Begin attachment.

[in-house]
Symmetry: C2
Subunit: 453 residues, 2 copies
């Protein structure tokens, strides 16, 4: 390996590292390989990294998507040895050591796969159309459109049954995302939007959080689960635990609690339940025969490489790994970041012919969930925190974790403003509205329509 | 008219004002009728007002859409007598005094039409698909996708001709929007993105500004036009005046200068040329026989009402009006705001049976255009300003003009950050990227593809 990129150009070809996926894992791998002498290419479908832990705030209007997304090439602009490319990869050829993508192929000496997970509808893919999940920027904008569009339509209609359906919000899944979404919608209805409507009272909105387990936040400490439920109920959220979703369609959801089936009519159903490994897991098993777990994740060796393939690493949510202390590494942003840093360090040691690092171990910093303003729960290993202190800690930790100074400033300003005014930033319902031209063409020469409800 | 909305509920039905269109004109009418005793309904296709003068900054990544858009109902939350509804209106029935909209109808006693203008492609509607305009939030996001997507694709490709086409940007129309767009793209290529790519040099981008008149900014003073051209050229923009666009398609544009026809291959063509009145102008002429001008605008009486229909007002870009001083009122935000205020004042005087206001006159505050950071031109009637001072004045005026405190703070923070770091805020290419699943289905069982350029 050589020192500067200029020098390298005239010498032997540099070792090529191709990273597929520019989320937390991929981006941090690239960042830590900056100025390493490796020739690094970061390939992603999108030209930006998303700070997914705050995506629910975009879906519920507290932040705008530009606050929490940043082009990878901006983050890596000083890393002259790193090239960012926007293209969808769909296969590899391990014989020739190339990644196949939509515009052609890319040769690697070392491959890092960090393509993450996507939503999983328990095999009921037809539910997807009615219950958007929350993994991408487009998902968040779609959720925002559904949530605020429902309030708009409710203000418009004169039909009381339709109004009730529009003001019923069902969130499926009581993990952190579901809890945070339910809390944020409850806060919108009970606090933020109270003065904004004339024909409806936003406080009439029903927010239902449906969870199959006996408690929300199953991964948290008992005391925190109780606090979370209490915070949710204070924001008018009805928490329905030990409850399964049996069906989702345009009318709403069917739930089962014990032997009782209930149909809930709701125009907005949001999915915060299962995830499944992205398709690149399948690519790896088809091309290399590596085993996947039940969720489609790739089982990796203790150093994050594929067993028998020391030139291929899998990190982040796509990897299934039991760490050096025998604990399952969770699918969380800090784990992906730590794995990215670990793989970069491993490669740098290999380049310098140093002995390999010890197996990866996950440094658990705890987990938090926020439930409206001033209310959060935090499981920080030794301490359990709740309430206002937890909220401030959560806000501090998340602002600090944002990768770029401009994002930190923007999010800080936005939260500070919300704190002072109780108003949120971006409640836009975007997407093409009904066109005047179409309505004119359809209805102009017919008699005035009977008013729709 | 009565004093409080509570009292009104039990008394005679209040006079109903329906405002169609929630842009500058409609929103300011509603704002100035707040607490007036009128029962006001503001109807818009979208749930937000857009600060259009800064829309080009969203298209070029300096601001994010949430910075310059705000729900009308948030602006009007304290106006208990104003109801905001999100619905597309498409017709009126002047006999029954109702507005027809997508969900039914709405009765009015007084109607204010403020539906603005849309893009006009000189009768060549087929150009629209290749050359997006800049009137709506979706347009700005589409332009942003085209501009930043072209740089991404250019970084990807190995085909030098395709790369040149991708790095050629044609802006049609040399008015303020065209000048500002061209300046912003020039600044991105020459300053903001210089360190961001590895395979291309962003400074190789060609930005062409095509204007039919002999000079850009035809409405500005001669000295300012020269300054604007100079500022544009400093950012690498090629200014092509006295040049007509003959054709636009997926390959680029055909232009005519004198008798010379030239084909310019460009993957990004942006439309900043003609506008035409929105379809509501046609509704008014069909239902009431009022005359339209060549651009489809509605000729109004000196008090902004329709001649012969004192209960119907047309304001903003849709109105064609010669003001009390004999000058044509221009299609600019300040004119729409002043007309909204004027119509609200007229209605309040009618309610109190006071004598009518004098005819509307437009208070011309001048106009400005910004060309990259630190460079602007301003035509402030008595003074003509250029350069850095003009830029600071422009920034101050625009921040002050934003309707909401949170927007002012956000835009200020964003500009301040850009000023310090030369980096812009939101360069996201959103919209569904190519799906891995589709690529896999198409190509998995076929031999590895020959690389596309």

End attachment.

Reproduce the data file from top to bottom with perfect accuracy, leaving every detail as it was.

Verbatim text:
[in-house]
Symmetry: C2
Subunit: 453 residues, 2 copies
């Protein structure tokens, strides 16, 4: 390996590292390989990294998507040895050591796969159309459109049954995302939007959080689960635990609690339940025969490489790994970041012919969930925190974790403003509205329509 | 008219004002009728007002859409007598005094039409698909996708001709929007993105500004036009005046200068040329026989009402009006705001049976255009300003003009950050990227593809 990129150009070809996926894992791998002498290419479908832990705030209007997304090439602009490319990869050829993508192929000496997970509808893919999940920027904008569009339509209609359906919000899944979404919608209805409507009272909105387990936040400490439920109920959220979703369609959801089936009519159903490994897991098993777990994740060796393939690493949510202390590494942003840093360090040691690092171990910093303003729960290993202190800690930790100074400033300003005014930033319902031209063409020469409800 | 909305509920039905269109004109009418005793309904296709003068900054990544858009109902939350509804209106029935909209109808006693203008492609509607305009939030996001997507694709490709086409940007129309767009793209290529790519040099981008008149900014003073051209050229923009666009398609544009026809291959063509009145102008002429001008605008009486229909007002870009001083009122935000205020004042005087206001006159505050950071031109009637001072004045005026405190703070923070770091805020290419699943289905069982350029 050589020192500067200029020098390298005239010498032997540099070792090529191709990273597929520019989320937390991929981006941090690239960042830590900056100025390493490796020739690094970061390939992603999108030209930006998303700070997914705050995506629910975009879906519920507290932040705008530009606050929490940043082009990878901006983050890596000083890393002259790193090239960012926007293209969808769909296969590899391990014989020739190339990644196949939509515009052609890319040769690697070392491959890092960090393509993450996507939503999983328990095999009921037809539910997807009615219950958007929350993994991408487009998902968040779609959720925002559904949530605020429902309030708009409710203000418009004169039909009381339709109004009730529009003001019923069902969130499926009581993990952190579901809890945070339910809390944020409850806060919108009970606090933020109270003065904004004339024909409806936003406080009439029903927010239902449906969870199959006996408690929300199953991964948290008992005391925190109780606090979370209490915070949710204070924001008018009805928490329905030990409850399964049996069906989702345009009318709403069917739930089962014990032997009782209930149909809930709701125009907005949001999915915060299962995830499944992205398709690149399948690519790896088809091309290399590596085993996947039940969720489609790739089982990796203790150093994050594929067993028998020391030139291929899998990190982040796509990897299934039991760490050096025998604990399952969770699918969380800090784990992906730590794995990215670990793989970069491993490669740098290999380049310098140093002995390999010890197996990866996950440094658990705890987990938090926020439930409206001033209310959060935090499981920080030794301490359990709740309430206002937890909220401030959560806000501090998340602002600090944002990768770029401009994002930190923007999010800080936005939260500070919300704190002072109780108003949120971006409640836009975007997407093409009904066109005047179409309505004119359809209805102009017919008699005035009977008013729709 | 009565004093409080509570009292009104039990008394005679209040006079109903329906405002169609929630842009500058409609929103300011509603704002100035707040607490007036009128029962006001503001109807818009979208749930937000857009600060259009800064829309080009969203298209070029300096601001994010949430910075310059705000729900009308948030602006009007304290106006208990104003109801905001999100619905597309498409017709009126002047006999029954109702507005027809997508969900039914709405009765009015007084109607204010403020539906603005849309893009006009000189009768060549087929150009629209290749050359997006800049009137709506979706347009700005589409332009942003085209501009930043072209740089991404250019970084990807190995085909030098395709790369040149991708790095050629044609802006049609040399008015303020065209000048500002061209300046912003020039600044991105020459300053903001210089360190961001590895395979291309962003400074190789060609930005062409095509204007039919002999000079850009035809409405500005001669000295300012020269300054604007100079500022544009400093950012690498090629200014092509006295040049007509003959054709636009997926390959680029055909232009005519004198008798010379030239084909310019460009993957990004942006439309900043003609506008035409929105379809509501046609509704008014069909239902009431009022005359339209060549651009489809509605000729109004000196008090902004329709001649012969004192209960119907047309304001903003849709109105064609010669003001009390004999000058044509221009299609600019300040004119729409002043007309909204004027119509609200007229209605309040009618309610109190006071004598009518004098005819509307437009208070011309001048106009400005910004060309990259630190460079602007301003035509402030008595003074003509250029350069850095003009830029600071422009920034101050625009921040002050934003309707909401949170927007002012956000835009200020964003500009301040850009000023310090030369980096812009939101360069996201959103919209569904190519799906891995589709690529896999198409190509998995076929031999590895020959690389596309």